Why is the UK’s tax high? Understand the main reasons!

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Why is Brazil's tax high?  Understand the main reasons!

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151 days, this is the time that UK citizens worked in 2021 to pay taxes, according to the UK residents Institute of Planning and Taxation (IBPT). This is because the UK's tax is high.

A video game, for example, topped last year's list when it comes to Tax Burden, reaching an incidence rate of 76.74%. But it's not just individuals who suffer because the UK's tax is high.

UK residents companies, considering companies from 108 countries, ranked fourth in relation to those that pay the highest tax rate on income, reaching 34%, he showed data from the OECD Corporate Tax Statistics Database.

But do you know what the main taxes are and what makes them so expensive?

In this article we will cover:

  • What are taxes?;
  • Tax data in the UK;
  • What are the main taxes paid?;
  • Why are taxes high?;
  • Who else pays taxes in the UK?

Come on and have a good read.

What are taxes?

Tax is a mandatory financial tax or charge paid to the government. It is paid by individuals and companies at the municipal, state and federal levels.

As it is mandatory, non-payment can result in fines and even milder punishments such as imprisonment. Payment of taxes is provided for in the article 16 of the CTN (National Tax Code).

Art. 16. Tax is a tax whose obligation has as a triggering event a situation independent of any specific state activity relating to the taxpayer.

What are taxes for?

You taxes they serve to fund and promote projects in the areas of health, education, culture, transport, among other sectors of the country. In other words, they serve as an investment by citizens and businesses in government and society.

In 2021, there was a tax collection federal agencies in the region of R$ 1.479 trillion. According to IBPT, however, the UK is the country that invests the worst taxes collected, with the lowest Irbes (Index of Return of Well-Being to Society).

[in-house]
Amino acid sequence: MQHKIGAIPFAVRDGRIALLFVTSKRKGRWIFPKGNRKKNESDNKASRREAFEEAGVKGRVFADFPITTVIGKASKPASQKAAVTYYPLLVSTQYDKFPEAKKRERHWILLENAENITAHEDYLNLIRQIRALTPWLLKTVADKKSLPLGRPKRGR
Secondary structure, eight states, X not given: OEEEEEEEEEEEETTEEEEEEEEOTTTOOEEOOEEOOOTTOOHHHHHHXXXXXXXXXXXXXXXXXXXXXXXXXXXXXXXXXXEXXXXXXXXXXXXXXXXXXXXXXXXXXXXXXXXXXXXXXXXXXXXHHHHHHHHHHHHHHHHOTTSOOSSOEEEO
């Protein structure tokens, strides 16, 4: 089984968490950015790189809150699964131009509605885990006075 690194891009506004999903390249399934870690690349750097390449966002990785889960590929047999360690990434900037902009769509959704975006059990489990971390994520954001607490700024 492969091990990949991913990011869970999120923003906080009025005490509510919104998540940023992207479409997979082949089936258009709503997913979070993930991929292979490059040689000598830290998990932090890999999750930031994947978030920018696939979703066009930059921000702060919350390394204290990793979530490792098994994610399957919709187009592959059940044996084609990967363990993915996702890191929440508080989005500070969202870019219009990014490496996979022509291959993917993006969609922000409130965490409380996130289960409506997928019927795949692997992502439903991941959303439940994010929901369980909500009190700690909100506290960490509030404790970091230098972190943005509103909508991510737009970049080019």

Tax data in the UK

Tax collection in the UK corresponds to 31.64% of GDP, indicated a National Treasury survey. This places the country as one of the emerging countries that charges the most taxes in the world. This is because the UK's tax is high.

No wonder the study by the UK residents Institute of Planning and Taxation (IBPT) revealed that UK citizens need to work, to pay taxes, for more than 5 months every year. 151 working days are allocated to public coffers.

In terms of tax quality, the UK is also poorly placed. In CNI study, with 18 countries similar to the UK residents economy, the UK led the ranking of worst tax quality.

Other CNI survey, from 2016, showed that 87% of UK citizens say that the level of taxes in the country is very high.

What are the main taxes paid?

When knowing why the UK's tax is high, it is essential to know some of the main taxes that are paid by individuals and companies. Let's start by quoting some of the mandatory charges for individuals.

  • IOF (Financial Transactions Tax);
  • IPVA (Tax on the Ownership of Motor Vehicles);
  • ITBI (Tax on the Transmission of Inter vivos Goods);
  • IPTU (Tax on Urban Land and Land Property);
  • IRPF (Individual Income Tax);

When we talk about companies, the main taxes that stand out are:

  • PIS/PASEP;
  • COFINS;
  • EHIC;
  • IRPJ (Corporate Income Tax;
  • CSLL (Social Contribution on Net Income);
  • ICMS (Tax on Circulation of Goods and Services).

How are taxes divided?

the UK currently has 92 taxes in force, from taxes at different rates, according to the Tax Portal. Taxes in the country are divided between municipal, state and federal.

Municipal taxes

The collection of municipal taxes is intended to fund investments and projects in the city, aimed at the general public. It corresponds to about 5.5% of all collections in the UK.

Examples

Check out two of the main paid to the municipality:

  • IPTU (Tax on Urban Territorial Property): Mandatory charge paid by individuals or legal entities, who own property. The IPTU percentage is 1% on the sale value of residential properties and the remaining 1.5%;
  • ISS (Services Tax of any nature): O ISS is the tax paid by companies or self-employed service providers, falling under the law 116/2003. The rate can vary from 2 to 5%.